“Robert Motherwell: Abstract Expressionism” is at Bernard Jacobson Gallery, London, 16th september – 26th November 2016.
It’s a hard task to corral 40 odd years of painting history into a modest if well proportioned gallery space – especially if it’s the career history of an artist like Robert Motherwell. But what is lacking in breadth, here at the Bernard Jacobson Gallery, is more than made up for in focus. One is, of course, also very aware that this gallery is attempting to shine a bright light on Motherwell in the somewhat long shadows cast from across the road by the Royal Academy’s dizzying ‘Abstract Expressionism’ show. Here we have the likes of the portentous Clifford Still dominating the proceedings. It’s funny how so much verbal fire and brimstone can turn so quickly to miserly one-upmanship and tawdry painterly theatrics. But that’s Abstract Expressionism for you – well, a certain kind of it anyway – one that to my mind, Robert Motherwell, with his graphic flair and visceral clarity, has quietly eclipsed – a rogue moon leaving the orbit of a dying star.
In the smaller works on paper in the ground floor gallery we see how, over decades, Motherwell has been mining the valleys and hills of an internalised idea of the body. In ‘Black with No Way Out’, 1983, the lithographic process intensifies the weight of a heaving black form as it is sucked into the paper’s surface. Both monstrous and elegant, the crackle between blacks and whites are punctuated with a stinging red that’s been dug into the top edge breaking open the picture plane. The sun’s white hot light can blind to the same degree that it reveals all. A thick black shadow can harbour life as much as it intimates death. A certain kind of beauty and unease reside in Motherwell’s continuous play of opposites. In this relatively small selection of works on paper we are able to see how his refined instinct for that one off graphic hit is then transformed into prints, etchings and collages ranging right across his career.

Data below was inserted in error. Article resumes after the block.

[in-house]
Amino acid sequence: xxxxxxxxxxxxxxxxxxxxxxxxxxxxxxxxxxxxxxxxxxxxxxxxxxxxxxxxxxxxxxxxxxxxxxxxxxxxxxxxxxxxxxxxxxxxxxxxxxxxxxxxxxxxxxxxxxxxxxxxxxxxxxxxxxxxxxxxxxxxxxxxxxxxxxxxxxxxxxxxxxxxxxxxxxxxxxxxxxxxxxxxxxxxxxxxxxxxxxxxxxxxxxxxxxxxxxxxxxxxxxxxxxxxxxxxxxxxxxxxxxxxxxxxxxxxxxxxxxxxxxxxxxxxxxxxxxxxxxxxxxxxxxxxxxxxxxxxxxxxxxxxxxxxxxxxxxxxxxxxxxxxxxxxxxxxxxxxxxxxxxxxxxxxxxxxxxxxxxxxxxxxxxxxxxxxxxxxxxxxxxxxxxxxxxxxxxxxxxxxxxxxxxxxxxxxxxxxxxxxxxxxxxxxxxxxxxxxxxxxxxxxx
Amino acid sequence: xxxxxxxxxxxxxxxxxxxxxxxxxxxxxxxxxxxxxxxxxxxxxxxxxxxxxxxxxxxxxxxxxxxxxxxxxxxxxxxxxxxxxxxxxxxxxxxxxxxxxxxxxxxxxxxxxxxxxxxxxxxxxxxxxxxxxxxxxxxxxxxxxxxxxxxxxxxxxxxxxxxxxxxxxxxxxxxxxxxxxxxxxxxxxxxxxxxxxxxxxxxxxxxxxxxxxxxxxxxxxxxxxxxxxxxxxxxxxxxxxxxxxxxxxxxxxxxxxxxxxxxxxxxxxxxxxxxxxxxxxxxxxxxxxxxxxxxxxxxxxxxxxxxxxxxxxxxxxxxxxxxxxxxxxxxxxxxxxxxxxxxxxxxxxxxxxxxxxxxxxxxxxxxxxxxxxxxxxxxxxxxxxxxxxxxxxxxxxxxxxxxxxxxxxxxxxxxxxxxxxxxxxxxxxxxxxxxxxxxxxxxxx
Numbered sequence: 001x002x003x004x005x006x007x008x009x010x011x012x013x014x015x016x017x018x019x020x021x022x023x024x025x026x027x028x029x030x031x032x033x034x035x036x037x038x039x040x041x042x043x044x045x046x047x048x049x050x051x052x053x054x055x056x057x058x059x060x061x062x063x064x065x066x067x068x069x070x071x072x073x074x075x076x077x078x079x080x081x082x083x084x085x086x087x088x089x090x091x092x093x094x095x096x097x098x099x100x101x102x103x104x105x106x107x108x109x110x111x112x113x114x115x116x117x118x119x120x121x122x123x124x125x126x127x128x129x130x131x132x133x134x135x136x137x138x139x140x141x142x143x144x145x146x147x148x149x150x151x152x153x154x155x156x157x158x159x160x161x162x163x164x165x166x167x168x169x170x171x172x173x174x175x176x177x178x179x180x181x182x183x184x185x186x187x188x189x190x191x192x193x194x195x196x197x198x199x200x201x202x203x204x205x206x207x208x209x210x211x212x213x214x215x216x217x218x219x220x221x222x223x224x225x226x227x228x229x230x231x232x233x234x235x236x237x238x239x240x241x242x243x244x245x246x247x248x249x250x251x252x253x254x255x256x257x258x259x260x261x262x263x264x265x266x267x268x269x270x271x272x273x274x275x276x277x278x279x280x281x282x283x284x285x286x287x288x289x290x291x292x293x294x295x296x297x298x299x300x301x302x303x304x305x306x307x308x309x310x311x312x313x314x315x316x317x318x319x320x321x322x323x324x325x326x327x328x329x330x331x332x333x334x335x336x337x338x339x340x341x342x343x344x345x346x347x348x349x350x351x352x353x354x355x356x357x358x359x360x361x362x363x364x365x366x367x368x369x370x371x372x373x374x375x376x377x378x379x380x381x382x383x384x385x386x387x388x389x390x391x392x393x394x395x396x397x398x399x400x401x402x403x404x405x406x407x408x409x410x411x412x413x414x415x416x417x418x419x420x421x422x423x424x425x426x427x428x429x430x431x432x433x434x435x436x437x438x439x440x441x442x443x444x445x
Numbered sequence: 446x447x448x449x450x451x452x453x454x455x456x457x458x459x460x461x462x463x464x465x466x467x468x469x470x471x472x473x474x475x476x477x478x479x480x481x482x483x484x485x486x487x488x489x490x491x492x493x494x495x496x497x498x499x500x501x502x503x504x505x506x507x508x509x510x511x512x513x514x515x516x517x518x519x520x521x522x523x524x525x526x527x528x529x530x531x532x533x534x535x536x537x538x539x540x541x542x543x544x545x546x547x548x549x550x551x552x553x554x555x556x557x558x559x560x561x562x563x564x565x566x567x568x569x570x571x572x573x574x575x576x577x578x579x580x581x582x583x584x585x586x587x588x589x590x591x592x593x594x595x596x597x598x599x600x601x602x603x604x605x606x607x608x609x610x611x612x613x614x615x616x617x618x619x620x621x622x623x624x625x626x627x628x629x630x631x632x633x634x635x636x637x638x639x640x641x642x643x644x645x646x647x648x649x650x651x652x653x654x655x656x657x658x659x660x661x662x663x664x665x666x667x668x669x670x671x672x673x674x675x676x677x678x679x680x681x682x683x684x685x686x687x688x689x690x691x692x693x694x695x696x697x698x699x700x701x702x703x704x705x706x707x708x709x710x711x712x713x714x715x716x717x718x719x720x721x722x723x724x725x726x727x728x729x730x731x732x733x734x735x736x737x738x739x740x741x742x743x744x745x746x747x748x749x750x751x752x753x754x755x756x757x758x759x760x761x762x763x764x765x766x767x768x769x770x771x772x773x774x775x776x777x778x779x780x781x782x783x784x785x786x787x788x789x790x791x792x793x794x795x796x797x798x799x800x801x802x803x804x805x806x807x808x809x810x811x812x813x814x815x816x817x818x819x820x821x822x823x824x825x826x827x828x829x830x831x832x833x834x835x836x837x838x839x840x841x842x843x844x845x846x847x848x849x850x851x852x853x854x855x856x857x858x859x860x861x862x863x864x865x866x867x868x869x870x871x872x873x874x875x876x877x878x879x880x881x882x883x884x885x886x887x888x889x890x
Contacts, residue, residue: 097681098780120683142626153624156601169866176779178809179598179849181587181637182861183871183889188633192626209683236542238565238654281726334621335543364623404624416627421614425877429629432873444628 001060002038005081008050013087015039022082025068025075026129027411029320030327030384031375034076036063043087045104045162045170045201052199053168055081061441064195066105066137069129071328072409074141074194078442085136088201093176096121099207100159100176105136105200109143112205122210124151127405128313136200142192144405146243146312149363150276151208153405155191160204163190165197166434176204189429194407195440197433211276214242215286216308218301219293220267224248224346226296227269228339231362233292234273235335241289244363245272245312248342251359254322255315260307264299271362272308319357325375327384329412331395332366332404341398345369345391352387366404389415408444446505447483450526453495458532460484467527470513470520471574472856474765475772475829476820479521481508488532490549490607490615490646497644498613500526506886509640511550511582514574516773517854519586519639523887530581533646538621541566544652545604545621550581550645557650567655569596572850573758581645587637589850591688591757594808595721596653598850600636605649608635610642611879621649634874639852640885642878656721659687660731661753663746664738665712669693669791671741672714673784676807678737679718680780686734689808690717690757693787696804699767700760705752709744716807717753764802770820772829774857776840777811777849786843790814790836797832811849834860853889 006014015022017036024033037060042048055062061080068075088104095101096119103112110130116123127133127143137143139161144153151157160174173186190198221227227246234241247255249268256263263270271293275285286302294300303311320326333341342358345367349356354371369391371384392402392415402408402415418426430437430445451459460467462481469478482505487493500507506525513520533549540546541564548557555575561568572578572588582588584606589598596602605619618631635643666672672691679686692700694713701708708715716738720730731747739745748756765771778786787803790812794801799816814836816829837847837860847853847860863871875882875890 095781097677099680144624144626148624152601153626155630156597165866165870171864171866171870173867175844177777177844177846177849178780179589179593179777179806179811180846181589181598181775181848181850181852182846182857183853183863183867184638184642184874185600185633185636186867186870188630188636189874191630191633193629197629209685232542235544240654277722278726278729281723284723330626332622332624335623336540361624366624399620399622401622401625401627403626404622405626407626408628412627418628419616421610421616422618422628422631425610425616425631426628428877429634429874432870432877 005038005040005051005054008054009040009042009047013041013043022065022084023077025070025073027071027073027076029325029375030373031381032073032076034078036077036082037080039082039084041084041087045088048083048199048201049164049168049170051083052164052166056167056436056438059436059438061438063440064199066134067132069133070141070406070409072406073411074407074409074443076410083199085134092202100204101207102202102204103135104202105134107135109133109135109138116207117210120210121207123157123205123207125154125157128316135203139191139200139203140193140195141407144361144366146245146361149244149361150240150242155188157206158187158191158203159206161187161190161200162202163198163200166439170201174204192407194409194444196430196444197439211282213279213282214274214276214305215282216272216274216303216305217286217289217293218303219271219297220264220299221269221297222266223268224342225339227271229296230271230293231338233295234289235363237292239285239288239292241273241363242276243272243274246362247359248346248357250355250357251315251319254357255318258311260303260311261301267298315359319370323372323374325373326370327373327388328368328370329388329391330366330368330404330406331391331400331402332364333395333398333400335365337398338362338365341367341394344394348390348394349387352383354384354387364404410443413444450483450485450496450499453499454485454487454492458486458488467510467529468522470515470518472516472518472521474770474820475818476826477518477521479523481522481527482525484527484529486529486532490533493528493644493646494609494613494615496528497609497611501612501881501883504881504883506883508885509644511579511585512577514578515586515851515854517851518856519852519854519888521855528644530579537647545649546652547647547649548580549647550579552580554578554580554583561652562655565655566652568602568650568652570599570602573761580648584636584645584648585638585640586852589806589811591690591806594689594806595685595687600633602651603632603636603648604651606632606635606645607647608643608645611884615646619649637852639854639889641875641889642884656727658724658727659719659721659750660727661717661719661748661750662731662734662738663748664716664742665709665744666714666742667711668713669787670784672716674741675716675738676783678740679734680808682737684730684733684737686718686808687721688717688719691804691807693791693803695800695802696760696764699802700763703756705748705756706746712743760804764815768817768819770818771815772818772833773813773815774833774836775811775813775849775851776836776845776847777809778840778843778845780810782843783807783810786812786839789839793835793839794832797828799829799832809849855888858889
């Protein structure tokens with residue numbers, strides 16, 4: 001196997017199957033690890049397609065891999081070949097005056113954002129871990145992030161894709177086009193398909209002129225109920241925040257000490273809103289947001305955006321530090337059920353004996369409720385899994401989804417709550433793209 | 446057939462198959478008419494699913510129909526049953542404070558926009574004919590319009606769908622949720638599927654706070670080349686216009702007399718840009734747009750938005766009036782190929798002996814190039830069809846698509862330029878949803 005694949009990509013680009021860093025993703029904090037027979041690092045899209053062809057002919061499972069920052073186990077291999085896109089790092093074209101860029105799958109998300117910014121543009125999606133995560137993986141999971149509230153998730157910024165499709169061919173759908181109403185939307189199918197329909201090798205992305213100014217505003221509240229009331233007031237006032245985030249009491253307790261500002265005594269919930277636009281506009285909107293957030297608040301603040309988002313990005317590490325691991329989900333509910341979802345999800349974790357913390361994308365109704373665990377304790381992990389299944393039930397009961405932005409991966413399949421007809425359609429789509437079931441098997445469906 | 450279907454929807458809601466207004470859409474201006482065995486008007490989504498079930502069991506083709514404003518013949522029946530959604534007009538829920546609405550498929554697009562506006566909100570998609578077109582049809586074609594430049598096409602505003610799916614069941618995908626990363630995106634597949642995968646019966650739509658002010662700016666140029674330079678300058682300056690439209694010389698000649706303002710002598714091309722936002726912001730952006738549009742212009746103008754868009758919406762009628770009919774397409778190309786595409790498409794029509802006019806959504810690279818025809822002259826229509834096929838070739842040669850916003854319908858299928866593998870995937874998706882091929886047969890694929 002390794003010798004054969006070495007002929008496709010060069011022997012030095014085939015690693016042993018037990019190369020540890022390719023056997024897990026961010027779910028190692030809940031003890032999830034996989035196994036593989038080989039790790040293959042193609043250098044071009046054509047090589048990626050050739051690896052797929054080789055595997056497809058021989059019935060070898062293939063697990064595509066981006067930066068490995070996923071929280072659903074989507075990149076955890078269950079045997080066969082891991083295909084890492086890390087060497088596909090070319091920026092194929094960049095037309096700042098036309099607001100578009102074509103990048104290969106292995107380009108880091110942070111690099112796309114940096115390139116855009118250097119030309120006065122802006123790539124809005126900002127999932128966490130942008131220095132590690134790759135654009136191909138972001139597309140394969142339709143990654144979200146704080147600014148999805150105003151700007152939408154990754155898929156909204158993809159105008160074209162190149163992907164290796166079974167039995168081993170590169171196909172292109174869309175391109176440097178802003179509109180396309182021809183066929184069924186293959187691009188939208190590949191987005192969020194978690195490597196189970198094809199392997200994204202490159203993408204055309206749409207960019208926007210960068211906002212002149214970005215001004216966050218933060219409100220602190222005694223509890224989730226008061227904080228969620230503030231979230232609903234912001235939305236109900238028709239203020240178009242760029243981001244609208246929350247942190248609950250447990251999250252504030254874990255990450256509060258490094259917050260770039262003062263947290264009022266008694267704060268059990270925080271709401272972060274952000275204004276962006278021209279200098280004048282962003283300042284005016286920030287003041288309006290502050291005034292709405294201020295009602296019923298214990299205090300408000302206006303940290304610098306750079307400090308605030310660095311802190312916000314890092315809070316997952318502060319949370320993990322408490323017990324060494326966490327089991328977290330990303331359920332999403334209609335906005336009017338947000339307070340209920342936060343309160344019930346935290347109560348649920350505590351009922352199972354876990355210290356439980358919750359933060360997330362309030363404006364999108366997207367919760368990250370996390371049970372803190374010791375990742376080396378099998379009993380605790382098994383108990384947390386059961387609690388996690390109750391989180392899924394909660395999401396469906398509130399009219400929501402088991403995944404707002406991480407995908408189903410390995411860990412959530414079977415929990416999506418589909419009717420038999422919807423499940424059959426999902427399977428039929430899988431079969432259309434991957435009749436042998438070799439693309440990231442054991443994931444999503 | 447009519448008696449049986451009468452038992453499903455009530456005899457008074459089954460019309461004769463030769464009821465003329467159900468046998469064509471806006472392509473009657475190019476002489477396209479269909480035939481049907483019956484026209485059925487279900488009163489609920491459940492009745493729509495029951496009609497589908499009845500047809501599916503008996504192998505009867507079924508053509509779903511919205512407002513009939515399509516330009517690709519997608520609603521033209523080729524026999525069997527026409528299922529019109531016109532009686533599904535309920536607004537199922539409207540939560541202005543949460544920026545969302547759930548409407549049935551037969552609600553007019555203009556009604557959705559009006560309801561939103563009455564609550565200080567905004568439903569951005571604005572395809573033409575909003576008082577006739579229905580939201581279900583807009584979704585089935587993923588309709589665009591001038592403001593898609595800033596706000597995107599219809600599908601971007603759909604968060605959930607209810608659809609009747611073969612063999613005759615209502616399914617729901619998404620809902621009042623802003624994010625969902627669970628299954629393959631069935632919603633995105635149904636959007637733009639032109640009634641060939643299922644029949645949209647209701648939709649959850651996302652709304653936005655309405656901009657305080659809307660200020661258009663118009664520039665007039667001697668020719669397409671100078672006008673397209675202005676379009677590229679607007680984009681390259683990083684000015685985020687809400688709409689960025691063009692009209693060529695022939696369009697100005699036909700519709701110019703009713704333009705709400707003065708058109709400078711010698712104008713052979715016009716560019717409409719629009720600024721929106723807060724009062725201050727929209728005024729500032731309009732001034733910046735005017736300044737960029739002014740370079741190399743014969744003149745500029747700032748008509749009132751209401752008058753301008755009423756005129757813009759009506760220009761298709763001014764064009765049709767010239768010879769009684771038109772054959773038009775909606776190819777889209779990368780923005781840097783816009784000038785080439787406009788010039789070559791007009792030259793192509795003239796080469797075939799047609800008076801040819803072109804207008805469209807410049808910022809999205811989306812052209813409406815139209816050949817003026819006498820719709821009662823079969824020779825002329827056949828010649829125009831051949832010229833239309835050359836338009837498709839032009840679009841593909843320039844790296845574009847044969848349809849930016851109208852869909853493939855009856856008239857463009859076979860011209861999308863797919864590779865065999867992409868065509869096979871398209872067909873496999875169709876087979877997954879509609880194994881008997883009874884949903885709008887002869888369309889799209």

And there are other scintillating paradoxes at work on Motherwell’s picture plane too. We are immediately confronted, on descending the stairs into the main gallery, with a sudden change of scale in a later Elegy painting. (Elegy to the Spanish Republic No. 130. 1974-5). Here the pictorial and political are wrestled into some kind of pictogram of conscience and consciousness fused. Giant heavy black orbs strung up on black poles demarcate the picture space with an undulating rhythm akin to a kind of breathing – painful breathing – and the dark arcs swelling, spreading like the pooling of blood. A metallic greyish ground evokes a distanced and withheld sense of foreboding, like a sort of silvery moonlit sand. Stacked shards of colour, red, white and blue, break through shadowy straight lines and fragile arcs in the top left corner, twisting out the trembling black architecture from the skin of the painting. This trembling effect seems born of delicate, feathery edges, unsettled by sharp charcoal outlines. What seemed monumental and still suddenly becomes far more vulnerable. But somehow all this detail melts back into the denser blacks only to surge forward toward the picture edge again and again. Those tiny pulses of colour and the vertical pale white band to the right are always stopping the large and heavier repeated forms sinking into rhetorical echoes or flat signage. This famous image is a truly modern totem that speaks as much about the our modern-day wars and conflicts as it might of the blood soaked sand of a bull ring on the dusty yard where the firing squad waits for Lorca to cough up his last.